What are the organization's key strategies for making this happen?

What are the organization's capabilities for doing this?

How will they know if they are making progress?

What have they accomplished so far and what's next?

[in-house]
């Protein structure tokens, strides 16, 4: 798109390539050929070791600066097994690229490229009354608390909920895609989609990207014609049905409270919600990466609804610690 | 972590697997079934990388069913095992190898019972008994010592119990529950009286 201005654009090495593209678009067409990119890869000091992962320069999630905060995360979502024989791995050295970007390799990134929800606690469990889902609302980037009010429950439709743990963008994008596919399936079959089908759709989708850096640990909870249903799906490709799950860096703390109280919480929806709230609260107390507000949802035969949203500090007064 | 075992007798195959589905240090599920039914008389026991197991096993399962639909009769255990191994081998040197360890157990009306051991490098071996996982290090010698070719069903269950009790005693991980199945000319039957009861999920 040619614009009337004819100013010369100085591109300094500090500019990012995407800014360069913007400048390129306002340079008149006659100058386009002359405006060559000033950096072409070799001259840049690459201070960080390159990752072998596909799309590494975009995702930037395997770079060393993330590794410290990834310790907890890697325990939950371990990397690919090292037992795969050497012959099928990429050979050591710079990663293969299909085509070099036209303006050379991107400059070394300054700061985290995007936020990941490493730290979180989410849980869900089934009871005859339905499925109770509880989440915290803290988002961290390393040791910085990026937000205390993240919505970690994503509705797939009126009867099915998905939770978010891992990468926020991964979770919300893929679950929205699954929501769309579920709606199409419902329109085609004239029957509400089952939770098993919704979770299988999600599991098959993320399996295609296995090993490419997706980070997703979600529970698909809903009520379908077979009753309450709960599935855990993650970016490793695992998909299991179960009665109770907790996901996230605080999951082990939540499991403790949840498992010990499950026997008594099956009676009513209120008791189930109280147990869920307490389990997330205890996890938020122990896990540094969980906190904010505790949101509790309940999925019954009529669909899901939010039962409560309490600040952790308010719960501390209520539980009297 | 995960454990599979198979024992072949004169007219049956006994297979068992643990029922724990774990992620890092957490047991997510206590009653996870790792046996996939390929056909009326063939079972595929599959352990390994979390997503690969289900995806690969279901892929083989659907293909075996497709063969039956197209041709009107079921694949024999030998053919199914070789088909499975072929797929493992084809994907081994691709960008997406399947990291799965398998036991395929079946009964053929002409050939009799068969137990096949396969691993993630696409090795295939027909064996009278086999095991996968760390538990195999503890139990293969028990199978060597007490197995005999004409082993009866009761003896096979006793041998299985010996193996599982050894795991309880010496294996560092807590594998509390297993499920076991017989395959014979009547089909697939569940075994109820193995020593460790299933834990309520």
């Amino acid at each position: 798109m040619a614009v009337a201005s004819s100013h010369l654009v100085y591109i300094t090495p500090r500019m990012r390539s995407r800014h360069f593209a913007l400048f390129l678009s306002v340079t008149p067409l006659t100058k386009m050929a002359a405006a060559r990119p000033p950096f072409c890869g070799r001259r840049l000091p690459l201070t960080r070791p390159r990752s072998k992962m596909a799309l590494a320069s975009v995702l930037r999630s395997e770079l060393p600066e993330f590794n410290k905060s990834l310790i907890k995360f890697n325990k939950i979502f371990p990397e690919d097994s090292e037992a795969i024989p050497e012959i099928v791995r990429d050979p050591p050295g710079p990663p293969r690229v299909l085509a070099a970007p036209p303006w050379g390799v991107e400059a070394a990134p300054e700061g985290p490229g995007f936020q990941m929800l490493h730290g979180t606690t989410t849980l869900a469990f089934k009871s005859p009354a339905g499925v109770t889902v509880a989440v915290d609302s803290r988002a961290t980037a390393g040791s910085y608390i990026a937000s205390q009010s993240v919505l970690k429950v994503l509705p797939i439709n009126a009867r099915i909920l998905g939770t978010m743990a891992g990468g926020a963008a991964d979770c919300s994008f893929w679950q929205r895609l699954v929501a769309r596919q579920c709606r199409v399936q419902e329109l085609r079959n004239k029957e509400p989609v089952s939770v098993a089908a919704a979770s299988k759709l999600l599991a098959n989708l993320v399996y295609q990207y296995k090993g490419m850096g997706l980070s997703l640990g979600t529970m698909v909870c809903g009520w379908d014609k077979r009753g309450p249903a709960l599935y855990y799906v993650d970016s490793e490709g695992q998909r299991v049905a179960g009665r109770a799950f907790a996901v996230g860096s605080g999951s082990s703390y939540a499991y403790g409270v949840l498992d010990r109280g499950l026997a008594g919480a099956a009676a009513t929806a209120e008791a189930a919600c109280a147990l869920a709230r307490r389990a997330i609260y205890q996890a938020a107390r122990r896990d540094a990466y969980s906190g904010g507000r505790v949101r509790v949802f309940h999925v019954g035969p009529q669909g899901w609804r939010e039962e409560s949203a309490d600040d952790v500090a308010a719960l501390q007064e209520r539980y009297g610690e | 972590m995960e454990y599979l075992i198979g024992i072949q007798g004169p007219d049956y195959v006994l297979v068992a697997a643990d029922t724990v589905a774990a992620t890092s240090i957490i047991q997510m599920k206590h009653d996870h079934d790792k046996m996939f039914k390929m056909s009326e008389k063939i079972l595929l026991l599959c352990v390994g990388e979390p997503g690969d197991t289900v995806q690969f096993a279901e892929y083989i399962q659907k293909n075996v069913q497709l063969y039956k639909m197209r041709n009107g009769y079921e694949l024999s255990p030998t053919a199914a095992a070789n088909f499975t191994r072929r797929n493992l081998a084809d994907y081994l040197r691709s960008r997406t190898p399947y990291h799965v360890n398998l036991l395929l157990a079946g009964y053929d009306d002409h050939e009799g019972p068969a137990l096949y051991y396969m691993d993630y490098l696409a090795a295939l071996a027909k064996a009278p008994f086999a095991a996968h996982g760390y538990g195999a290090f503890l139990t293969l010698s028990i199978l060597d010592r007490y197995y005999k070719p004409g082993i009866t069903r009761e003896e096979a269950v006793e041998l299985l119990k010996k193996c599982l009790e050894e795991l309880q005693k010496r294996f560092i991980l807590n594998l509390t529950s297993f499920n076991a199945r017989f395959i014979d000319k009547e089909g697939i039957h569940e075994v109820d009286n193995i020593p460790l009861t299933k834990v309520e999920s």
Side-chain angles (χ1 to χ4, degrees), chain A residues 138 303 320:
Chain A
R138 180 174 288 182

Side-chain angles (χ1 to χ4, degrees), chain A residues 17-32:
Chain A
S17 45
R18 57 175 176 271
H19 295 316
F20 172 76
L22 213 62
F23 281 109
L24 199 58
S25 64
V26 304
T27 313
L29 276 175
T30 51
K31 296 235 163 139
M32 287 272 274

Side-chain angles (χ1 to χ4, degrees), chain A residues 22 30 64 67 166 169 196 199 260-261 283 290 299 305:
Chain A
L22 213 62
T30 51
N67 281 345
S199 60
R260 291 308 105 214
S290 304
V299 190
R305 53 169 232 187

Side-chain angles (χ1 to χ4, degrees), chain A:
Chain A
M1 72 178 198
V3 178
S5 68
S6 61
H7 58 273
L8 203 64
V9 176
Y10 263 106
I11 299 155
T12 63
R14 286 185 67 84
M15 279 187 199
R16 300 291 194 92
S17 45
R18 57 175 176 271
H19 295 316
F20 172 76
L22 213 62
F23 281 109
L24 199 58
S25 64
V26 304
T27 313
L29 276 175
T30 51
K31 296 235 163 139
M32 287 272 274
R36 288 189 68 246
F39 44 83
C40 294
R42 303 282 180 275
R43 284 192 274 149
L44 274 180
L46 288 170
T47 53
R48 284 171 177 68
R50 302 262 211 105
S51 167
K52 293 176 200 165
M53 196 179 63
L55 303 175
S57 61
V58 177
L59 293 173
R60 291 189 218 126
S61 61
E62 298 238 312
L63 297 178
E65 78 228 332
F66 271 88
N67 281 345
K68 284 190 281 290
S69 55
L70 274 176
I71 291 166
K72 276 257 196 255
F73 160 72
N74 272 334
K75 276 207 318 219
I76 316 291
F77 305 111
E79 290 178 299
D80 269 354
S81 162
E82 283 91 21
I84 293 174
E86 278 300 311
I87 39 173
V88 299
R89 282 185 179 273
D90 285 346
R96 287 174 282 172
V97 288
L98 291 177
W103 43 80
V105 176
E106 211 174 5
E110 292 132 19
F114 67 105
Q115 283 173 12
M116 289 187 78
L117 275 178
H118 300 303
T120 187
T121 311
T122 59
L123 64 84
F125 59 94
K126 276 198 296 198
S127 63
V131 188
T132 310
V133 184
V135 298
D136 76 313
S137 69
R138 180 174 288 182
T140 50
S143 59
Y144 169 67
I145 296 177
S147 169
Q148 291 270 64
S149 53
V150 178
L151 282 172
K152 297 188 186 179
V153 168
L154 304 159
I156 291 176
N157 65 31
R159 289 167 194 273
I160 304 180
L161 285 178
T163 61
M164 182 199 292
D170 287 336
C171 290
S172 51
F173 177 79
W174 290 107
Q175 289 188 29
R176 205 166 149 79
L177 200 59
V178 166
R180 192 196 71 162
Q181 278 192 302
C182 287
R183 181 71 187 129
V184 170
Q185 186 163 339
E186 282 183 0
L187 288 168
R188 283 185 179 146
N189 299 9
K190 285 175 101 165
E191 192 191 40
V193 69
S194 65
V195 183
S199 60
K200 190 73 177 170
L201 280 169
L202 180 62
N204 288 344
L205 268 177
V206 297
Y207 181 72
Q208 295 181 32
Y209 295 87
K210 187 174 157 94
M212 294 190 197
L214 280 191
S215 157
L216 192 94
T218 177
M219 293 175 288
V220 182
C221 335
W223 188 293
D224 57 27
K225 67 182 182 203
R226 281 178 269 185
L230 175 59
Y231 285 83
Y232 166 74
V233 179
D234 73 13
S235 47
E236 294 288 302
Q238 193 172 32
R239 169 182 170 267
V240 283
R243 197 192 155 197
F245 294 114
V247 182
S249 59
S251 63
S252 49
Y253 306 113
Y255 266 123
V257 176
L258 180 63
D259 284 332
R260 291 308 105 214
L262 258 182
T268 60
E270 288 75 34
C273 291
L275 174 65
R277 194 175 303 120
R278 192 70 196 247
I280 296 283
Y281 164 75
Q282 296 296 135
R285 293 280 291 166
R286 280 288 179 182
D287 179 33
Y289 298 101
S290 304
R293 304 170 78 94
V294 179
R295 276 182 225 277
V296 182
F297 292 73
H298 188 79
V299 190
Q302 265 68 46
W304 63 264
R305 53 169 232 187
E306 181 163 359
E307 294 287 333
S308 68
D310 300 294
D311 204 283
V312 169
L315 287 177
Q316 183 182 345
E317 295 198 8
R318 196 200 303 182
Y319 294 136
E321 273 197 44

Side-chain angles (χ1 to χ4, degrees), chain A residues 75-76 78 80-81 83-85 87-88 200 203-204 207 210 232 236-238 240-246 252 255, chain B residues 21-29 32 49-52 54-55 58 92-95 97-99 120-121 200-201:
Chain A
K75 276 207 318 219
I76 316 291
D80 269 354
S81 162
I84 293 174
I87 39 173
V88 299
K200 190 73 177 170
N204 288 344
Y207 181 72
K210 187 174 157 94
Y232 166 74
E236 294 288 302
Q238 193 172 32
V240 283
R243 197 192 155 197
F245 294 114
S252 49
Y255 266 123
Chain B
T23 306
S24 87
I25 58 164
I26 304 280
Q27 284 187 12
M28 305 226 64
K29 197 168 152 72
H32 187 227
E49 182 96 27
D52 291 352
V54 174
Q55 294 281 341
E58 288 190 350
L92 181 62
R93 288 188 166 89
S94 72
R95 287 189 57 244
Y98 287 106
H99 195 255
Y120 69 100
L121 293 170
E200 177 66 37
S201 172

We work to stabilize the environment for people who are in poverty. We serve immediate needs through our food pantry programs, microgiving campaigns, and utilities assistance. We work side by side with our family leaders to empower them to increase their economic mobility to become more stable as a family through our economic empowerment programs. We seek to create relationships across economic lines through the Bridges out of Poverty framework. The food pantry service that we provide is meeting a basic need, and also aims to build relationships through our delivery program across economic lines. Building friendships exposes both the recipient and deliverer of service to a new framework of poverty and the resources needed to achieve stability. This friendship can serve as social capital for those in poverty to provide a resource helping to connect the individual to social services, and Common Heart economic mobility programs. For the volunteer food ally it exposes those in middle and upper class to their misunderstanding of those in poverty. It brings a first-hand experience to break down the barriers of relationship and service to those in need. Common Heart’s Economic Empowerment and Food Pantry programs aim to build relationships. The institutions addressing people’s needs are too often designed for those in situational poverty, meaning middle class people who have fallen behind. They often do not address the more difficult issues of generational poverty, which is the reason that we structure our service in the Bridges out of Poverty framework. Getting Ahead is a work group of folks in generational and situational poverty designed to develop an understanding of what it takes to build stability, and develop skills needed to build resources and move out of poverty. The investigations done by participants as part of Getting Ahead, Staying Ahead and Advocates for Change are about their own personal story, and the resources they have now to build the steps towards stability. Additionally we work with the institutions in our community by providing Bridges Out of Poverty training aiming to develop a common language, strategy and cross sector collaboration serving the low income population. This is evidenced in the growing collaborative and community partnership, Thrive! Union county. Together we bring all sectors of service organizations, education, government, and corporate business together to bring a collaborative approach to poverty in Union County to develop a sustainable community where all can thrive.